Mixed reactions on whether safety apps can help curb sexual misconduct
Some women say their instinct when facing sexual misconduct would not be to reach for phones, others say it could encourage reporting
Would mobile applications to deter would-be sex offenders, which are available in other cities, work in Singapore?
In Japan, a free smartphone app developed by Tokyo police to help scare off would-be molesters by activating a security alarm has been downloaded more than 220,000 times, Japanese newspaper Yomiuri Shimbun reported recently.
When activated, the Digi Police app can shout "stop" or set off a loud alarm. A message, "There's a molester. Please help", will also be displayed on the screen that victims can show to people around them.
Other cities have safety apps that can send alerts to emergency services and contacts, or help victims make reports. Most have had positive results.
An app launched in 2017 by Toronto Transit Commission, which allows passengers to discreetly report harassment and safety concerns on public transport, saw more than 500 reports in its first 10 weeks.
These reports led to the arrest of a man suspected of two sexual assaults.
A Peeping Tom case at the National University of Singapore (NUS) has sparked a public outcry over how sexual misconduct cases are handled and punished, prompting NUS to review its practices.
Women and women's groups contacted by The New Paper were not aware of such apps here and were divided on whether they would be effective.
Most said it is not their natural instinct to reach for their phones when harassed.
Ms Tammie Kang, 26, said: "I would be traumatised and probably shout for help first."
The marketing communications executive said an app's efficacy also depends on who receives the reports, who acts on them and the outcomes.
"It would be better if the app is backed by an authority. At least there is some form of accountability."
Singapore Council of Women's Organisations president June Goh said a neutral and accessible platform such as an app could encourage reporting and would be useful for victims too afraid to do so in person.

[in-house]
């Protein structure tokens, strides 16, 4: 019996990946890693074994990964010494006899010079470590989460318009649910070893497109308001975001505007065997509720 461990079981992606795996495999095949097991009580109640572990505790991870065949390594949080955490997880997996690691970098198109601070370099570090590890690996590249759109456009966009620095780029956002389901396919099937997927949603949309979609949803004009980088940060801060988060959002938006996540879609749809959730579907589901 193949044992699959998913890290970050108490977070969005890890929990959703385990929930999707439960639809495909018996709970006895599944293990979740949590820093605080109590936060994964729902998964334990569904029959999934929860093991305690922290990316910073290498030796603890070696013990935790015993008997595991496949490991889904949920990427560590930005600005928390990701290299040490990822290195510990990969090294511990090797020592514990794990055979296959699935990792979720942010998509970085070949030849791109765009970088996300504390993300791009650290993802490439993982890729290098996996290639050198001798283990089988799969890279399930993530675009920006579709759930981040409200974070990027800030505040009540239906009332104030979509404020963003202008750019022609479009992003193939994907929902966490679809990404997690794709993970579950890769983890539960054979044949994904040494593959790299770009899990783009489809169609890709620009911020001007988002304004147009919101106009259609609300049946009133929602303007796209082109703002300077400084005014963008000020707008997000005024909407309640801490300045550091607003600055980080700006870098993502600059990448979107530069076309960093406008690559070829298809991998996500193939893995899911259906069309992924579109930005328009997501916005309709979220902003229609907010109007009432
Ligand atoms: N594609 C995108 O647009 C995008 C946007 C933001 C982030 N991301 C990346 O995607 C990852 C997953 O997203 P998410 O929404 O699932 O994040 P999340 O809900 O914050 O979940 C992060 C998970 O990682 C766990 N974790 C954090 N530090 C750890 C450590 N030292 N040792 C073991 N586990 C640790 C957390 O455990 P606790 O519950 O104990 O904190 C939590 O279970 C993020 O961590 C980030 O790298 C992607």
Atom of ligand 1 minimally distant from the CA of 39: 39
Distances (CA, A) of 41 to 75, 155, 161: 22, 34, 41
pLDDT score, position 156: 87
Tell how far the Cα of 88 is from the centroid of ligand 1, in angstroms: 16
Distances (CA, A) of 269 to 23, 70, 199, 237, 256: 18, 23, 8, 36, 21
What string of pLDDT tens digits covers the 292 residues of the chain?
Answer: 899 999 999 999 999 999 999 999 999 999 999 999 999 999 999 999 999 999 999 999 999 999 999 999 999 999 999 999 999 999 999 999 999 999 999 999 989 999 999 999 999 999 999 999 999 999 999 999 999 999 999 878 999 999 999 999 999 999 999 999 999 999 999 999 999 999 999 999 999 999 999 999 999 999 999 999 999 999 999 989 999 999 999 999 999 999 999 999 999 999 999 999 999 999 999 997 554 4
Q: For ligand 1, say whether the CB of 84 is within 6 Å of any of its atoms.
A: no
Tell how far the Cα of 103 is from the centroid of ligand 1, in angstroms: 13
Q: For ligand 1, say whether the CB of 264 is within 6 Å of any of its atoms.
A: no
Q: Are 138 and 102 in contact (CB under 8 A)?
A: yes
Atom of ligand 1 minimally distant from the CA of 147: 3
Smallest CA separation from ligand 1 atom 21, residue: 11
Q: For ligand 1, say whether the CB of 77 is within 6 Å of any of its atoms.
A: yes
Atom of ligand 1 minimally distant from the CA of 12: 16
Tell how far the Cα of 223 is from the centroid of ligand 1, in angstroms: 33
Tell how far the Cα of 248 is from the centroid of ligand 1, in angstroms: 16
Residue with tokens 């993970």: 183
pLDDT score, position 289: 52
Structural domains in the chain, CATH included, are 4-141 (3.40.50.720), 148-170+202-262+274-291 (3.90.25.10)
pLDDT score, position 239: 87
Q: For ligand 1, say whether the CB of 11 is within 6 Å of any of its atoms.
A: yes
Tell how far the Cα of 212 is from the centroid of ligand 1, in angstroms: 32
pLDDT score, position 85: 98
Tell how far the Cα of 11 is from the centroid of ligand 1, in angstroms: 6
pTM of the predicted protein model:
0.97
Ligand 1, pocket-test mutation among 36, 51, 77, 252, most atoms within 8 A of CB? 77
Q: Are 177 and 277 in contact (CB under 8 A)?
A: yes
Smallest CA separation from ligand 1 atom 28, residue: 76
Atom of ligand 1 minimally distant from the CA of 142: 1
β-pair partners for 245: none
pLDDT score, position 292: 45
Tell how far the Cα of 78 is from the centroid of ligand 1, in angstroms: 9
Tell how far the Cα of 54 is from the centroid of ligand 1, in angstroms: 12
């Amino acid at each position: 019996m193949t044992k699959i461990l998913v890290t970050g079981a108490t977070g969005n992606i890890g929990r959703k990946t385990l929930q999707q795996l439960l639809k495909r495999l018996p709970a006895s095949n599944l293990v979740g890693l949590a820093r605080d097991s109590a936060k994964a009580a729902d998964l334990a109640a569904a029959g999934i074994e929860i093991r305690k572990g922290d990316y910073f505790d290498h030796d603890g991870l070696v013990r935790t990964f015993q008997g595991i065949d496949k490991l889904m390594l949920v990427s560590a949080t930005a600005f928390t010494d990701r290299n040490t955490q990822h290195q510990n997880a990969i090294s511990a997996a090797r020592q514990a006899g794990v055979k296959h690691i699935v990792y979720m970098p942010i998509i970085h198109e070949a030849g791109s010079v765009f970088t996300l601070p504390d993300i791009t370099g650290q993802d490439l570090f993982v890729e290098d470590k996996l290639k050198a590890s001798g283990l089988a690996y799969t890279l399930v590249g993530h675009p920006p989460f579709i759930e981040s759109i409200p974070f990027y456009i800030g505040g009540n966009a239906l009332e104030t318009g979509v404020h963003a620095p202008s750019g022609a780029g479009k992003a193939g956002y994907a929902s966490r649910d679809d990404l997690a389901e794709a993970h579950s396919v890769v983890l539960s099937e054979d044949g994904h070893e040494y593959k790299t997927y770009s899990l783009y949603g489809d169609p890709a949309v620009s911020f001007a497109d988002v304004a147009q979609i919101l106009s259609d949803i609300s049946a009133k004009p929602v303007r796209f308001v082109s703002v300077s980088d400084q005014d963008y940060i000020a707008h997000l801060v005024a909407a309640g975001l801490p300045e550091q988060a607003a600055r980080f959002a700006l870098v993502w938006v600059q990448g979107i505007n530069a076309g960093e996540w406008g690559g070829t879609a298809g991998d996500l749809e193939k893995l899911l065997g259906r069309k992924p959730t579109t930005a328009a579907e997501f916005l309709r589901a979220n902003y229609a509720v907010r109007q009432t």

Anonymity would also greatly benefit victims who fear retaliation.
Dr Goh said providing information on various resources, such as helplines, is also important as this will enable victims to get psychological, social, medical or legal aid easily.
However, she noted victims of sexual harassment may also need the simple human act of speaking to someone after such traumatic events.
Ms Lim Xiu Xuan, a case manager at Aware's Sexual Assault Care Centre, said the onus should not be on victims to deter or report sexual harassment, but on the perpetrators not to harass in the first place.
"A better method of combating sexual harassment, we believe, centres on public education about consent, respect and healthy sexual relationships," she said.
But technology can help in documenting evidence, accessing legal remedies and seeking support, Ms Lim added.
Aware has been exploring the possibility of an online platform to document survivors' experiences to facilitate reporting later. But it has hit some roadblocks, she added, without elaborating on what they are.
Ms Lim added that technology can be a barrier.
"Technology cannot replace all human processes just yet. What is important is to identify barriers that survivors of abuse are currently facing and design technology-driven options for them."
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